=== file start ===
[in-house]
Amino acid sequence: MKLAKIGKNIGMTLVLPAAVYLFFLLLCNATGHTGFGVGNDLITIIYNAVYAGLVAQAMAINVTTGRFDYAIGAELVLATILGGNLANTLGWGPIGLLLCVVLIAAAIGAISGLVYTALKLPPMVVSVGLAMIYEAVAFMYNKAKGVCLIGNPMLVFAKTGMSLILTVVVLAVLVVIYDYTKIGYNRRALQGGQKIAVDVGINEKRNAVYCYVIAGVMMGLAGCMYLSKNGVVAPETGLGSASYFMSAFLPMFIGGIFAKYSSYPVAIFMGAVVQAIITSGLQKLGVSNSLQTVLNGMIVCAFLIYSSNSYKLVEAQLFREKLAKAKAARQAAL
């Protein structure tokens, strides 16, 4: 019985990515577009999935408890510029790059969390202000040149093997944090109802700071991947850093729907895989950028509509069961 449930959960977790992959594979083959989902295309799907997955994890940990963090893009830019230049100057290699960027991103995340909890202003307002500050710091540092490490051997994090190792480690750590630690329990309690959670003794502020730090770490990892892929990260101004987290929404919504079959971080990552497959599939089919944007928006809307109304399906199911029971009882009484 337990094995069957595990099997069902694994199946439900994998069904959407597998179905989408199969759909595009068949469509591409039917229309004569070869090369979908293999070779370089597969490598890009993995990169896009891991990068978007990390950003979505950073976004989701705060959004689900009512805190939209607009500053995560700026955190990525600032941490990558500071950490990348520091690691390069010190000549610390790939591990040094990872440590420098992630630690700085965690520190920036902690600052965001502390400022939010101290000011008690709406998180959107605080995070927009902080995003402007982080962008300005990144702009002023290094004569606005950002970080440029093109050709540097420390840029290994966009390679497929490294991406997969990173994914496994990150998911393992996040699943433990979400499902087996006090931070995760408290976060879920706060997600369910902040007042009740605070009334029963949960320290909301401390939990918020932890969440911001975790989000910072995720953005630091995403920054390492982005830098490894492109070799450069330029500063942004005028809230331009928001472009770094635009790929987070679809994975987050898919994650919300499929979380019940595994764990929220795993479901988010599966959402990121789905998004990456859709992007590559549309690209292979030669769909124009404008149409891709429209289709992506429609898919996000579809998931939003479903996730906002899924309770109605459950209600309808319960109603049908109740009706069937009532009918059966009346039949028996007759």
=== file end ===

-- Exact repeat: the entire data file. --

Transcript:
[in-house]
Amino acid sequence: MKLAKIGKNIGMTLVLPAAVYLFFLLLCNATGHTGFGVGNDLITIIYNAVYAGLVAQAMAINVTTGRFDYAIGAELVLATILGGNLANTLGWGPIGLLLCVVLIAAAIGAISGLVYTALKLPPMVVSVGLAMIYEAVAFMYNKAKGVCLIGNPMLVFAKTGMSLILTVVVLAVLVVIYDYTKIGYNRRALQGGQKIAVDVGINEKRNAVYCYVIAGVMMGLAGCMYLSKNGVVAPETGLGSASYFMSAFLPMFIGGIFAKYSSYPVAIFMGAVVQAIITSGLQKLGVSNSLQTVLNGMIVCAFLIYSSNSYKLVEAQLFREKLAKAKAARQAAL
């Protein structure tokens, strides 16, 4: 019985990515577009999935408890510029790059969390202000040149093997944090109802700071991947850093729907895989950028509509069961 449930959960977790992959594979083959989902295309799907997955994890940990963090893009830019230049100057290699960027991103995340909890202003307002500050710091540092490490051997994090190792480690750590630690329990309690959670003794502020730090770490990892892929990260101004987290929404919504079959971080990552497959599939089919944007928006809307109304399906199911029971009882009484 337990094995069957595990099997069902694994199946439900994998069904959407597998179905989408199969759909595009068949469509591409039917229309004569070869090369979908293999070779370089597969490598890009993995990169896009891991990068978007990390950003979505950073976004989701705060959004689900009512805190939209607009500053995560700026955190990525600032941490990558500071950490990348520091690691390069010190000549610390790939591990040094990872440590420098992630630690700085965690520190920036902690600052965001502390400022939010101290000011008690709406998180959107605080995070927009902080995003402007982080962008300005990144702009002023290094004569606005950002970080440029093109050709540097420390840029290994966009390679497929490294991406997969990173994914496994990150998911393992996040699943433990979400499902087996006090931070995760408290976060879920706060997600369910902040007042009740605070009334029963949960320290909301401390939990918020932890969440911001975790989000910072995720953005630091995403920054390492982005830098490894492109070799450069330029500063942004005028809230331009928001472009770094635009790929987070679809994975987050898919994650919300499929979380019940595994764990929220795993479901988010599966959402990121789905998004990456859709992007590559549309690209292979030669769909124009404008149409891709429209289709992506429609898919996000579809998931939003479903996730906002899924309770109605459950209600309808319960109603049908109740009706069937009532009918059966009346039949028996007759």